• Optibiotix health  – £6.2
  • Paypal                – $39
  • Phillip Morris       – $87
  • Qualcomm          – $54
  • SDI                    – £3.6
  • Somero              – £2.60
  • Smucker (JM)      – $104
  • Unilever              – £38



The above are my 17 shares for the next 30 years.

 

If I didn’t have a bias against buying richly valued shares,  the portfolio would look slightly different. I would swap out Coty for a L’oreal, Mondelez or Pepsico (Although I hold the latter two in my ISA account). The cheap valuation of Coty lured me in (aaaargh!. Apart from this the management team at Coty lead by highly rated ex Reckitt Benckiser boss Bart Becht appealed to me. Coty also has high family ownership through the JAB holding stake. Family ownership usually signifies that ability has the freedom to plan for the long term instead of meeting quarterly numbers to please Wall Street.

 

Another company I would have loved to add to this portfolio is Visa (I do own it in my ISA account). The business is simply outstanding. But I already own one similar company in the form of Mastercard. And at this point in time I cannot differentiate the quality between Mastercard and Visa. Both are awesome. I also own another play on the transition to a cashless society, Paypal. Like Mastercard and Visa, PayPal is another outstanding business.  Even though the growth in these three companies is simply jaw dropping and they have a large runway fro growth, I do not want to be overly concentrated in this sector. That is the only reason I did not buy Visa. Otherwise I would buy it in a heartbeat.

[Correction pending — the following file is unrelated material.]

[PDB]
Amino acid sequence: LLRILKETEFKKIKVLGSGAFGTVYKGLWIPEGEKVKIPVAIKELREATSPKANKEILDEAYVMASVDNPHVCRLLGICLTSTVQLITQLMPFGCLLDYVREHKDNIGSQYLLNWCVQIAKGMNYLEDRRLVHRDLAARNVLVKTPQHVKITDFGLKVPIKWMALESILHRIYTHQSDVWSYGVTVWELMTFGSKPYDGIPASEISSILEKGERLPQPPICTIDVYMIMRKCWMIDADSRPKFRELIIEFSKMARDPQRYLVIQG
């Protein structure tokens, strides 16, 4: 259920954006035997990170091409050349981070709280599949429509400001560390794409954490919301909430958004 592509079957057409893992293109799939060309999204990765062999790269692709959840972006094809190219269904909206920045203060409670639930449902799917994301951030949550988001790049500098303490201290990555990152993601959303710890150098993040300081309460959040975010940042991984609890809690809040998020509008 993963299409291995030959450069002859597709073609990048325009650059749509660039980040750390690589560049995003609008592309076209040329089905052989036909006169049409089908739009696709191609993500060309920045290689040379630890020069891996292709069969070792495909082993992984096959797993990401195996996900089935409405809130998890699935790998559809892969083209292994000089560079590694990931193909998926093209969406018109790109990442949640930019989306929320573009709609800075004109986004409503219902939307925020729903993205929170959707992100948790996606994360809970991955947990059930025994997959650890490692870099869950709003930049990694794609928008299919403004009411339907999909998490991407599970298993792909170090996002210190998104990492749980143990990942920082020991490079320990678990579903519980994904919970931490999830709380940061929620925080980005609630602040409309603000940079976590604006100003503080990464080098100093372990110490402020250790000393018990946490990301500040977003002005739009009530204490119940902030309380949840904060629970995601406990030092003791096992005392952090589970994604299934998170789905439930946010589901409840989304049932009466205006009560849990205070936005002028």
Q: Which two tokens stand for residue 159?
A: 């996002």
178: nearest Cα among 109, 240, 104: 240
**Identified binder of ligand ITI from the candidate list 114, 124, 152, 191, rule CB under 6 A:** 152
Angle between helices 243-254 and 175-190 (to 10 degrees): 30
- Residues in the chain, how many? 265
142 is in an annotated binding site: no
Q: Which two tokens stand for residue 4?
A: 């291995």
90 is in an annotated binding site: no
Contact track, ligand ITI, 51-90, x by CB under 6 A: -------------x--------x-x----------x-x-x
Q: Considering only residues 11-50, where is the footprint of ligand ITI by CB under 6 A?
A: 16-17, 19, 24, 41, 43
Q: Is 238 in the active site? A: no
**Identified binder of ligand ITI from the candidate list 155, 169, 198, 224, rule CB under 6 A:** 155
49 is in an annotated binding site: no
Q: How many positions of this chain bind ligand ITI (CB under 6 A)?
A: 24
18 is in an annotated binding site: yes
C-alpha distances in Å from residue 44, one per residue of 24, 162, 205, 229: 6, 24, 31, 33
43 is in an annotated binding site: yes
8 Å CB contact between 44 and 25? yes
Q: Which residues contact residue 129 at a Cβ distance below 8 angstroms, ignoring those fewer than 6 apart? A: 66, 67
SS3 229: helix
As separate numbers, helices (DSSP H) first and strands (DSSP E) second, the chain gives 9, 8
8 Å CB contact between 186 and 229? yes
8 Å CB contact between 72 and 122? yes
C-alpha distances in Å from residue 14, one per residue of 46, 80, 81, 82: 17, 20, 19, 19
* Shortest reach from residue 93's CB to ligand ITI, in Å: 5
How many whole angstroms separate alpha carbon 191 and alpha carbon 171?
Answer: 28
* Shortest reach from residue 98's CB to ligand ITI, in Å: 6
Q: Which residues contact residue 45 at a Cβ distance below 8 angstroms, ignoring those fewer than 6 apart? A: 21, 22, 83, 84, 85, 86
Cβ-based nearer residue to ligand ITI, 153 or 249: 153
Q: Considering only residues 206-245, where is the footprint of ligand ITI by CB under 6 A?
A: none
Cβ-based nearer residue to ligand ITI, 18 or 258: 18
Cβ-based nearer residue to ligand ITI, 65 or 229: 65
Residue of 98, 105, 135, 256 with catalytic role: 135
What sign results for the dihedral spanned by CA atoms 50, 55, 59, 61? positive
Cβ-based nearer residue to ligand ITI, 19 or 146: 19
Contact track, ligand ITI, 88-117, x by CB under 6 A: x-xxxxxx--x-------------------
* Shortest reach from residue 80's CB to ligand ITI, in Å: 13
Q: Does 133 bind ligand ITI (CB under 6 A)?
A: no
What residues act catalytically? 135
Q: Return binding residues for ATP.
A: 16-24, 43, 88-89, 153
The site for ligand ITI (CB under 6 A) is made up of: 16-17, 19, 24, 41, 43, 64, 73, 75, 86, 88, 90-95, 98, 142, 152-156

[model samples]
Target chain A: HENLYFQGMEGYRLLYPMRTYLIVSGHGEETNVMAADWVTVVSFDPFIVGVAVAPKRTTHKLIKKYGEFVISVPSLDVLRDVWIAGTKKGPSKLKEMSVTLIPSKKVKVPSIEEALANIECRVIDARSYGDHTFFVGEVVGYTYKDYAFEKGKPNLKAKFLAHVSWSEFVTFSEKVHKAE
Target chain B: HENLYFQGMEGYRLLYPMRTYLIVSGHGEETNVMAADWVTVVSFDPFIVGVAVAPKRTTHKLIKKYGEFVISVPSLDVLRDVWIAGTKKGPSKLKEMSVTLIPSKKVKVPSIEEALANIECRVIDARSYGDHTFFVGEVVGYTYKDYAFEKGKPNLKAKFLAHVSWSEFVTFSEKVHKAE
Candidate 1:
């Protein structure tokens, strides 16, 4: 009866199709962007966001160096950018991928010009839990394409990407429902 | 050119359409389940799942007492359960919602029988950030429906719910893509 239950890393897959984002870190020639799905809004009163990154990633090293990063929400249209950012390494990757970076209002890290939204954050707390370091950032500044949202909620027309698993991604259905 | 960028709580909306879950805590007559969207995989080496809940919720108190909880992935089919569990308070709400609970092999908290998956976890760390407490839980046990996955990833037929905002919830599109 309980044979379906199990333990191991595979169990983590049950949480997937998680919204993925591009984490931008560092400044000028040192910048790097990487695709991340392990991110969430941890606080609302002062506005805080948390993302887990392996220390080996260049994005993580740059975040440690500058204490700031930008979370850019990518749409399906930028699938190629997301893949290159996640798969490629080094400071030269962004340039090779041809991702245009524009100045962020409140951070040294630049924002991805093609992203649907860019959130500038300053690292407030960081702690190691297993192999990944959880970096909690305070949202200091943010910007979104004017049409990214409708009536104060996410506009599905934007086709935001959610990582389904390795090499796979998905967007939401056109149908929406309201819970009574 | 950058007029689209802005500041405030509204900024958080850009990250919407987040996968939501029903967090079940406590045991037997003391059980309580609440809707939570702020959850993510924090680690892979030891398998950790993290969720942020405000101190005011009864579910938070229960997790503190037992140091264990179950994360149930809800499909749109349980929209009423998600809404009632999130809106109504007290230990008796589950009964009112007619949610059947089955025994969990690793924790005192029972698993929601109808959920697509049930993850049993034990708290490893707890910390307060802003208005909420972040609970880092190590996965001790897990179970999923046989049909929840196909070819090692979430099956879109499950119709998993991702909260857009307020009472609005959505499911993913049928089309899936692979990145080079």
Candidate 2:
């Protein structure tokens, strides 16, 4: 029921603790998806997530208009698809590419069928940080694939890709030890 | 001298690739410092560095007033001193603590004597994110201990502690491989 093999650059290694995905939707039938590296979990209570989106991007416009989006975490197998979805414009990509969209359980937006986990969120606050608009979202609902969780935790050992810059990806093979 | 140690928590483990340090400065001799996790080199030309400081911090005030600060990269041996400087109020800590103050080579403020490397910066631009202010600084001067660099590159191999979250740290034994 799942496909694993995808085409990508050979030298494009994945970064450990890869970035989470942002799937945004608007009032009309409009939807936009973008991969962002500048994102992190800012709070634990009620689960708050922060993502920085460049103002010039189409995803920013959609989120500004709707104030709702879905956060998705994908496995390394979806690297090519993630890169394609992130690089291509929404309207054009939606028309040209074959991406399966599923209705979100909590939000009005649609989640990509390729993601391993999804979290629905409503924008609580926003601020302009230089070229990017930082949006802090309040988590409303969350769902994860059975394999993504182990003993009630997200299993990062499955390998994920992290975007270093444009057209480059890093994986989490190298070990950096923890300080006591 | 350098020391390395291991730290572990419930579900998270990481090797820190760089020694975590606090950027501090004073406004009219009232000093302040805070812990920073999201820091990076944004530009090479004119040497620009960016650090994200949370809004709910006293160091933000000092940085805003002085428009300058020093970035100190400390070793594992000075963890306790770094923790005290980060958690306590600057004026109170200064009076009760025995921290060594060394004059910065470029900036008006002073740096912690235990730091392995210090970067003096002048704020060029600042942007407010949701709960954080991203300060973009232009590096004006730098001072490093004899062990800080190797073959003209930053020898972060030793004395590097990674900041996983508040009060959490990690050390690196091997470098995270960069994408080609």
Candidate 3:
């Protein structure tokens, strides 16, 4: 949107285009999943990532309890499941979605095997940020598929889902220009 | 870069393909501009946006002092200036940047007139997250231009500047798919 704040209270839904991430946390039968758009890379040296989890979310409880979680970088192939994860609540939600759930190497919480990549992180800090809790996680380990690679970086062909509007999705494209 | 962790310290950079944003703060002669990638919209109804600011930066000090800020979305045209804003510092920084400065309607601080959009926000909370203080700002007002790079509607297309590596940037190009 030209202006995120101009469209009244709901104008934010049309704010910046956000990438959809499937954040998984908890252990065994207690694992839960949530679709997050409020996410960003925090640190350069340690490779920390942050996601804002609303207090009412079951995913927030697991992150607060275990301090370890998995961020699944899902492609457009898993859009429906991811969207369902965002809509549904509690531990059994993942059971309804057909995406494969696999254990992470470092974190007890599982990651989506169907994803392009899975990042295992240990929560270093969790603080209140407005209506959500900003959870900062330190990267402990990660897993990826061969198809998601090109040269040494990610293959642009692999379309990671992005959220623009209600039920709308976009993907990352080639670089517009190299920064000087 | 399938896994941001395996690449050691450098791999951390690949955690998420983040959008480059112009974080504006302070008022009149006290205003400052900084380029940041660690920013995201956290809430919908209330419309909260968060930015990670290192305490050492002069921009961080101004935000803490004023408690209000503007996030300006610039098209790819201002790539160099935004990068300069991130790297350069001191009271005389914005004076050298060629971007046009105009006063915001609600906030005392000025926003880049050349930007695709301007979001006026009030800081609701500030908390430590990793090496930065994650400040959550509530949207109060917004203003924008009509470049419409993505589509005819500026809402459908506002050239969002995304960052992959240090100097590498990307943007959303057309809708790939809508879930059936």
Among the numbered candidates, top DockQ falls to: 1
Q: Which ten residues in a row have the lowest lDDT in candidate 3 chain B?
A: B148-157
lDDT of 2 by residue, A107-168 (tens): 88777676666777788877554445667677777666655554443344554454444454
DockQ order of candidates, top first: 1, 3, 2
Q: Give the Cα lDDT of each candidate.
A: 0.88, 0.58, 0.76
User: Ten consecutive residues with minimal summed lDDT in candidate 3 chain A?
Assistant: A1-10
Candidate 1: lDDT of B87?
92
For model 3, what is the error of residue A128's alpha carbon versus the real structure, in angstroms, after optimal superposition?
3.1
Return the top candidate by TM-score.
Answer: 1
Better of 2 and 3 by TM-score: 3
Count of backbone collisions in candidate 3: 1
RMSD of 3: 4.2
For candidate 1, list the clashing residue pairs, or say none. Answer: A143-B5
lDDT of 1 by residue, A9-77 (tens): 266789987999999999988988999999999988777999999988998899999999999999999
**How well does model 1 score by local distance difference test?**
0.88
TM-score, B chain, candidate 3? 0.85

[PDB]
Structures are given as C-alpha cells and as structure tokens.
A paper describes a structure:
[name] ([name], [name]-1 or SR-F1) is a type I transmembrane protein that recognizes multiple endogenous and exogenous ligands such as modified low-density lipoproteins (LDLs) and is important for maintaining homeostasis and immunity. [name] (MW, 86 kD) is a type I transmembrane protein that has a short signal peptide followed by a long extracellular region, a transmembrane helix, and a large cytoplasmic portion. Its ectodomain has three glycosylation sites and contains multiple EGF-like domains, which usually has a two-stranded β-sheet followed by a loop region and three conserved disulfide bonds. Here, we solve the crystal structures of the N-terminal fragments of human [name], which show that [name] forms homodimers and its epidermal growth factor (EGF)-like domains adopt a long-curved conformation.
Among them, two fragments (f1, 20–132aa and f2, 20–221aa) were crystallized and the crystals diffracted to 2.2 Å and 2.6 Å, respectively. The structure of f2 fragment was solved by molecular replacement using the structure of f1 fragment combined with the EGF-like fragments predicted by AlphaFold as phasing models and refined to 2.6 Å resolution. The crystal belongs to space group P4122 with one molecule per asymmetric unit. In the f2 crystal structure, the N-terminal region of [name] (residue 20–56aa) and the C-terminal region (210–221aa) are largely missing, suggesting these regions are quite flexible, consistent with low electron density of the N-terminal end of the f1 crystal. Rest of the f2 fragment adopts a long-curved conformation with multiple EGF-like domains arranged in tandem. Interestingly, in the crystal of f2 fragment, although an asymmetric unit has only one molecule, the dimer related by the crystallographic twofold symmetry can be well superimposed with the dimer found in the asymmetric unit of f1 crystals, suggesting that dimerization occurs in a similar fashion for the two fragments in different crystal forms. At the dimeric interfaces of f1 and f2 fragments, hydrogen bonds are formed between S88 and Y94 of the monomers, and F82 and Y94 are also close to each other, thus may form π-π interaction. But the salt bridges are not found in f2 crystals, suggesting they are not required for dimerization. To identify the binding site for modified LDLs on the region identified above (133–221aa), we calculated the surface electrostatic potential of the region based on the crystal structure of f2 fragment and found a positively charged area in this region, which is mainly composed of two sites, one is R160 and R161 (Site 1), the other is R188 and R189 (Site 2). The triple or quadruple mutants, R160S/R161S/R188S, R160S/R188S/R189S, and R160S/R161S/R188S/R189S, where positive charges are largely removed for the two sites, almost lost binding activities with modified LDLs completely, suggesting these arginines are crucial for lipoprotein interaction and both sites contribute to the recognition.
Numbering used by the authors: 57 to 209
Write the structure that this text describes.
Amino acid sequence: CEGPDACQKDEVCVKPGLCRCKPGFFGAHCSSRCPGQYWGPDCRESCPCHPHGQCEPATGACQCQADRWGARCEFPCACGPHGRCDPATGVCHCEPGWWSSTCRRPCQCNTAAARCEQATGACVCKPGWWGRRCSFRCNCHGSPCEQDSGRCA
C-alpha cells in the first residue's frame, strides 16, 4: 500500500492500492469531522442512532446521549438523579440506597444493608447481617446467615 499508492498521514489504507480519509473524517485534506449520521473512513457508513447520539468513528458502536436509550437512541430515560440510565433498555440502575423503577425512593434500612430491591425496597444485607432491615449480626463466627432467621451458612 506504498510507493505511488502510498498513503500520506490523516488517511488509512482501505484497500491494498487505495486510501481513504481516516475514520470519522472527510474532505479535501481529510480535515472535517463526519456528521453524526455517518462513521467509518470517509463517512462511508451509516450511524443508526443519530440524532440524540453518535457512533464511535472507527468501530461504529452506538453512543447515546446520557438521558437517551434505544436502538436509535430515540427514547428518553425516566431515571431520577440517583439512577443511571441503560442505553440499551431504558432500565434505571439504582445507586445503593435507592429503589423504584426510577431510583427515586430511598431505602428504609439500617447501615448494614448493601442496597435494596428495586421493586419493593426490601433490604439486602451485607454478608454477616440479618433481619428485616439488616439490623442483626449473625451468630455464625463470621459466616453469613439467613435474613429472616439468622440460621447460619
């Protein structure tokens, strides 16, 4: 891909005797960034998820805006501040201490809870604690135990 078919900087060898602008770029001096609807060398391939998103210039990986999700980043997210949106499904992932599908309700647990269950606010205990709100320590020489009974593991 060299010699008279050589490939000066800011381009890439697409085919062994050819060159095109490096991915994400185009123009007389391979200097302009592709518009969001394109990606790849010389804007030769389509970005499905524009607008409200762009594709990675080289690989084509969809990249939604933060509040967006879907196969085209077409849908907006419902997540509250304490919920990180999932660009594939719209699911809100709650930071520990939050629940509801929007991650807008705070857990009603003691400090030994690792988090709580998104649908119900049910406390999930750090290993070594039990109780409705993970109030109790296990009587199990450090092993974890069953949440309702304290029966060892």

One thing that pops out is that I purchased 6 consumer staple companies in the form of Colgate, Coty, General Mills, Phillip Morris, JM Smucker and Unilever. The idea with these companies is to invest in things that don’t offer a lot of change . Colgate has been around for 200 years and I am willing to bet that it will be around for 200 more. That is the type of company I want to own over the next 30 years. One that has resilience.

 

Furthermore, in a study conducted by Dr Jeremy Seigal to find the best performing stock between 1957 and 2003 , consumer staple stocks as a whole came out on top.  Many consumer staple stocks have dividend histories that go back decades, if not generations. As for the best performing individual stock?… Phillip Morris.